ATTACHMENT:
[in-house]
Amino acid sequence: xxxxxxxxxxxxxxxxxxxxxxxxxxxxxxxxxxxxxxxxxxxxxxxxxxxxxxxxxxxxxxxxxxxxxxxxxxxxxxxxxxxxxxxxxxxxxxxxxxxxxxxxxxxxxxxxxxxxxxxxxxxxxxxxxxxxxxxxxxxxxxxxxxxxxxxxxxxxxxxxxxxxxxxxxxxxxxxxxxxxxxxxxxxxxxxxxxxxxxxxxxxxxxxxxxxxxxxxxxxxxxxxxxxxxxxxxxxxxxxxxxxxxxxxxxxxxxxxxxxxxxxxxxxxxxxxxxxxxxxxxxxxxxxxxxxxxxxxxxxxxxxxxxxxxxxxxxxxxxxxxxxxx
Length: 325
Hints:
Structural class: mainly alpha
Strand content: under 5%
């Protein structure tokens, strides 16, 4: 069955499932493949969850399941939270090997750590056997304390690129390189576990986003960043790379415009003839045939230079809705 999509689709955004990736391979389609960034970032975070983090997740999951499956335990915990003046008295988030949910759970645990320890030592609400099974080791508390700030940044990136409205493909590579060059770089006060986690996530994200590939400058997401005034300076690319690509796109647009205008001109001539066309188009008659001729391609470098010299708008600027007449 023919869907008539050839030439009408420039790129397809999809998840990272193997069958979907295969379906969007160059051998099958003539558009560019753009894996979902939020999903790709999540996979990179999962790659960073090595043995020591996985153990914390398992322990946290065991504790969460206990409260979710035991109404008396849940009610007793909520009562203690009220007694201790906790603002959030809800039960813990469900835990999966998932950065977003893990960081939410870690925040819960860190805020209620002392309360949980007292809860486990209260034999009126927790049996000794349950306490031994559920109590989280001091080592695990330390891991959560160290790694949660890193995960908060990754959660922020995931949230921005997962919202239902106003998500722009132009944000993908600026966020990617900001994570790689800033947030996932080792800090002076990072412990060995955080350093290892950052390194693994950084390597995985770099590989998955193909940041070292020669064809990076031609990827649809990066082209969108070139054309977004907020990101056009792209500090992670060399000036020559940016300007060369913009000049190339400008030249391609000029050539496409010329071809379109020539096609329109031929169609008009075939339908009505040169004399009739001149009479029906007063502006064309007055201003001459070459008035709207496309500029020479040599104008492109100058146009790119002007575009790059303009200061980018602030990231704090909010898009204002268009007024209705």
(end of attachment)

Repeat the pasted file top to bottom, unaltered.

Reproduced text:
[in-house]
Amino acid sequence: xxxxxxxxxxxxxxxxxxxxxxxxxxxxxxxxxxxxxxxxxxxxxxxxxxxxxxxxxxxxxxxxxxxxxxxxxxxxxxxxxxxxxxxxxxxxxxxxxxxxxxxxxxxxxxxxxxxxxxxxxxxxxxxxxxxxxxxxxxxxxxxxxxxxxxxxxxxxxxxxxxxxxxxxxxxxxxxxxxxxxxxxxxxxxxxxxxxxxxxxxxxxxxxxxxxxxxxxxxxxxxxxxxxxxxxxxxxxxxxxxxxxxxxxxxxxxxxxxxxxxxxxxxxxxxxxxxxxxxxxxxxxxxxxxxxxxxxxxxxxxxxxxxxxxxxxxxxxxxxxxxxxx
Length: 325
Hints:
Structural class: mainly alpha
Strand content: under 5%
């Protein structure tokens, strides 16, 4: 069955499932493949969850399941939270090997750590056997304390690129390189576990986003960043790379415009003839045939230079809705 999509689709955004990736391979389609960034970032975070983090997740999951499956335990915990003046008295988030949910759970645990320890030592609400099974080791508390700030940044990136409205493909590579060059770089006060986690996530994200590939400058997401005034300076690319690509796109647009205008001109001539066309188009008659001729391609470098010299708008600027007449 023919869907008539050839030439009408420039790129397809999809998840990272193997069958979907295969379906969007160059051998099958003539558009560019753009894996979902939020999903790709999540996979990179999962790659960073090595043995020591996985153990914390398992322990946290065991504790969460206990409260979710035991109404008396849940009610007793909520009562203690009220007694201790906790603002959030809800039960813990469900835990999966998932950065977003893990960081939410870690925040819960860190805020209620002392309360949980007292809860486990209260034999009126927790049996000794349950306490031994559920109590989280001091080592695990330390891991959560160290790694949660890193995960908060990754959660922020995931949230921005997962919202239902106003998500722009132009944000993908600026966020990617900001994570790689800033947030996932080792800090002076990072412990060995955080350093290892950052390194693994950084390597995985770099590989998955193909940041070292020669064809990076031609990827649809990066082209969108070139054309977004907020990101056009792209500090992670060399000036020559940016300007060369913009000049190339400008030249391609000029050539496409010329071809379109020539096609329109031929169609008009075939339908009505040169004399009739001149009479029906007063502006064309007055201003001459070459008035709207496309500029020479040599104008492109100058146009790119002007575009790059303009200061980018602030990231704090909010898009204002268009007024209705």